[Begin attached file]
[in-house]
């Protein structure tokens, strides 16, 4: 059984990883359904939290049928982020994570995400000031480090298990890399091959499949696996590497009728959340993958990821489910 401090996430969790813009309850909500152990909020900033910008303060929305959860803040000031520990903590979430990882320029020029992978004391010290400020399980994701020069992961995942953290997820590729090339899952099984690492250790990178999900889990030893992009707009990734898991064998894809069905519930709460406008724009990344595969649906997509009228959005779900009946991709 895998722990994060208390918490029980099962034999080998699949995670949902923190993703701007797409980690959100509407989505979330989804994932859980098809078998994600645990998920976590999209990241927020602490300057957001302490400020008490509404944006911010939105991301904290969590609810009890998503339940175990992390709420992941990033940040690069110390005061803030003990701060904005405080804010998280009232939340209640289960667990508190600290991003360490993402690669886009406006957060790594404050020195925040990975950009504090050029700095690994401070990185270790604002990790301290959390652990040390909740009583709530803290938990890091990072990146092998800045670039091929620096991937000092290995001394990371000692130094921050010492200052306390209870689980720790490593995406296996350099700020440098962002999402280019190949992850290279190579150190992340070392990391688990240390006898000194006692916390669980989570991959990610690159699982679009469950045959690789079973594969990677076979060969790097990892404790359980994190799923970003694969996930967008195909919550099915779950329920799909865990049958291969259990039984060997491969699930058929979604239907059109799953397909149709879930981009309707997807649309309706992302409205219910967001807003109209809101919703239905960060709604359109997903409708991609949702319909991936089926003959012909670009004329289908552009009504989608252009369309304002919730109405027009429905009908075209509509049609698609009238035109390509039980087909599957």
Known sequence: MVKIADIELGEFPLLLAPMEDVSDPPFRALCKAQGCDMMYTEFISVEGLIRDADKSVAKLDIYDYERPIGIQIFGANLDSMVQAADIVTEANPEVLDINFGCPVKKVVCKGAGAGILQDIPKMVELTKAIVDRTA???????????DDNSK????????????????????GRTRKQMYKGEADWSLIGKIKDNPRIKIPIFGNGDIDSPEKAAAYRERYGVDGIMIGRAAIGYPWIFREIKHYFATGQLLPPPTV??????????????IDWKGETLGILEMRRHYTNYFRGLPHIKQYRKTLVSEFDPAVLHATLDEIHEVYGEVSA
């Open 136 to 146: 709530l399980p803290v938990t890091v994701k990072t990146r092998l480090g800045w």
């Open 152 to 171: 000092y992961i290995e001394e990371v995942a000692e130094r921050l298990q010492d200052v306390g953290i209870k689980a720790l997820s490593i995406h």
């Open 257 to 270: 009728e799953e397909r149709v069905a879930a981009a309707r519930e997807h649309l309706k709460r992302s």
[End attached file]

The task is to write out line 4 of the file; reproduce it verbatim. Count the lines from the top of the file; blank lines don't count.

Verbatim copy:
């Open 136 to 146: 709530l399980p803290v938990t890091v994701k990072t990146r092998l480090g800045w």